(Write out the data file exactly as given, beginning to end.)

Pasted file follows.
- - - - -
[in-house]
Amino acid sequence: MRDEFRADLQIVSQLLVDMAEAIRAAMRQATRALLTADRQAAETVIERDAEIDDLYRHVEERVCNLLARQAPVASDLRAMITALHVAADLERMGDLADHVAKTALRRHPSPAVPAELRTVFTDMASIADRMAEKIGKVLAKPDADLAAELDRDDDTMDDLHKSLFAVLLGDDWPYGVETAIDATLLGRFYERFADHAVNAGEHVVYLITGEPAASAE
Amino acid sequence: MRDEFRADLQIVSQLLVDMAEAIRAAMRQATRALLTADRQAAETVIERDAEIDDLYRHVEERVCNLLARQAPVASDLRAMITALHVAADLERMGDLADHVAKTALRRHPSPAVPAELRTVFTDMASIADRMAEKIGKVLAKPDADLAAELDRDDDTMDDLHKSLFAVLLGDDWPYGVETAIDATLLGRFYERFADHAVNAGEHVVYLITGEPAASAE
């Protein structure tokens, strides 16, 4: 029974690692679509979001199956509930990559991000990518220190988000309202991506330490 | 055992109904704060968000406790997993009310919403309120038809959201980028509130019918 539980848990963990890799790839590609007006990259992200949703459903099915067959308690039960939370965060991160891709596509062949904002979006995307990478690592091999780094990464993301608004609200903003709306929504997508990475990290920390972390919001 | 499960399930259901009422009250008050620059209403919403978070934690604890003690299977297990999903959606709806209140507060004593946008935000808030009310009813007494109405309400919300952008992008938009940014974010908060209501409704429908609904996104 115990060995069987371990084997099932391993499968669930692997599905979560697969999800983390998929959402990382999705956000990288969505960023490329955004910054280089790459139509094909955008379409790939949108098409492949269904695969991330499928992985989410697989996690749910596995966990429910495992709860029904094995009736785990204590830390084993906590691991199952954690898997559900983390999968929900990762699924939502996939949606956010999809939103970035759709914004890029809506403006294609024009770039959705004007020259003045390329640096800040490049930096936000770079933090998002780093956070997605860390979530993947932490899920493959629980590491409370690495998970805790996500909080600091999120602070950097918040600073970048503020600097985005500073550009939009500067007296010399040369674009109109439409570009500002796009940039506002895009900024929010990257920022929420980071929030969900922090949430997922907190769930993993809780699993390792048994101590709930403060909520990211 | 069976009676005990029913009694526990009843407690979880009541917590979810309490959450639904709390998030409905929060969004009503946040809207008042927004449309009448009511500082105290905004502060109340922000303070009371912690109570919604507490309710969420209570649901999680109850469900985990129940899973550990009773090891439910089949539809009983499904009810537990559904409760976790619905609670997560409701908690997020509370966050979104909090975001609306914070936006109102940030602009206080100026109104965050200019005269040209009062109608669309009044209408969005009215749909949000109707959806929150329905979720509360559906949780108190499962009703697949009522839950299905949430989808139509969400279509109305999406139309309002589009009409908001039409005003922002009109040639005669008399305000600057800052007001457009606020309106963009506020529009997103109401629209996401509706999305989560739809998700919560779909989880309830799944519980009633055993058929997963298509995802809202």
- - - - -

[in-house]
Amino acid sequence: MRDEFRADLQIVSQLLVDMAEAIRAAMRQATRALLTADRQAAETVIERDAEIDDLYRHVEERVCNLLARQAPVASDLRAMITALHVAADLERMGDLADHVAKTALRRHPSPAVPAELRTVFTDMASIADRMAEKIGKVLAKPDADLAAELDRDDDTMDDLHKSLFAVLLGDDWPYGVETAIDATLLGRFYERFADHAVNAGEHVVYLITGEPAASAE
Amino acid sequence: MRDEFRADLQIVSQLLVDMAEAIRAAMRQATRALLTADRQAAETVIERDAEIDDLYRHVEERVCNLLARQAPVASDLRAMITALHVAADLERMGDLADHVAKTALRRHPSPAVPAELRTVFTDMASIADRMAEKIGKVLAKPDADLAAELDRDDDTMDDLHKSLFAVLLGDDWPYGVETAIDATLLGRFYERFADHAVNAGEHVVYLITGEPAASAE
């Protein structure tokens, strides 16, 4: 029974690692679509979001199956509930990559991000990518220190988000309202991506330490 | 055992109904704060968000406790997993009310919403309120038809959201980028509130019918 539980848990963990890799790839590609007006990259992200949703459903099915067959308690039960939370965060991160891709596509062949904002979006995307990478690592091999780094990464993301608004609200903003709306929504997508990475990290920390972390919001 | 499960399930259901009422009250008050620059209403919403978070934690604890003690299977297990999903959606709806209140507060004593946008935000808030009310009813007494109405309400919300952008992008938009940014974010908060209501409704429908609904996104 115990060995069987371990084997099932391993499968669930692997599905979560697969999800983390998929959402990382999705956000990288969505960023490329955004910054280089790459139509094909955008379409790939949108098409492949269904695969991330499928992985989410697989996690749910596995966990429910495992709860029904094995009736785990204590830390084993906590691991199952954690898997559900983390999968929900990762699924939502996939949606956010999809939103970035759709914004890029809506403006294609024009770039959705004007020259003045390329640096800040490049930096936000770079933090998002780093956070997605860390979530993947932490899920493959629980590491409370690495998970805790996500909080600091999120602070950097918040600073970048503020600097985005500073550009939009500067007296010399040369674009109109439409570009500002796009940039506002895009900024929010990257920022929420980071929030969900922090949430997922907190769930993993809780699993390792048994101590709930403060909520990211 | 069976009676005990029913009694526990009843407690979880009541917590979810309490959450639904709390998030409905929060969004009503946040809207008042927004449309009448009511500082105290905004502060109340922000303070009371912690109570919604507490309710969420209570649901999680109850469900985990129940899973550990009773090891439910089949539809009983499904009810537990559904409760976790619905609670997560409701908690997020509370966050979104909090975001609306914070936006109102940030602009206080100026109104965050200019005269040209009062109608669309009044209408969005009215749909949000109707959806929150329905979720509360559906949780108190499962009703697949009522839950299905949430989808139509969400279509109305999406139309309002589009009409908001039409005003922002009109040639005669008399305000600057800052007001457009606020309106963009506020529009997103109401629209996401509706999305989560739809998700919560779909989880309830799944519980009633055993058929997963298509995802809202």